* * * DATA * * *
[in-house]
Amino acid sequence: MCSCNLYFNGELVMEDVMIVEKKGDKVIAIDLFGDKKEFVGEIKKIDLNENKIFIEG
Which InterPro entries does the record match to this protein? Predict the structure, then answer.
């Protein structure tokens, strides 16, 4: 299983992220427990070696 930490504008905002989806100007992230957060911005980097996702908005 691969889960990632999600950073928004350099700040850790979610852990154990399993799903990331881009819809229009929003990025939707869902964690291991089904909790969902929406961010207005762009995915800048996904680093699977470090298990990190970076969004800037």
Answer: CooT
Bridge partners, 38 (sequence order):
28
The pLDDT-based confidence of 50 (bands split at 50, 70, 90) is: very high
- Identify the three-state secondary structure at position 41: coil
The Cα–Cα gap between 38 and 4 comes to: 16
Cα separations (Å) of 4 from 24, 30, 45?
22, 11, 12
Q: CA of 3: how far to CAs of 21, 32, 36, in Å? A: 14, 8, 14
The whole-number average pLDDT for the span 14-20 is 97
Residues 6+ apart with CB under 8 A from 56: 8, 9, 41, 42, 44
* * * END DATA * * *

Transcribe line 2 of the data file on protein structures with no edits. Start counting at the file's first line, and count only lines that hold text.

Amino acid sequence: MCSCNLYFNGELVMEDVMIVEKKGDKVIAIDLFGDKKEFVGEIKKIDLNENKIFIEG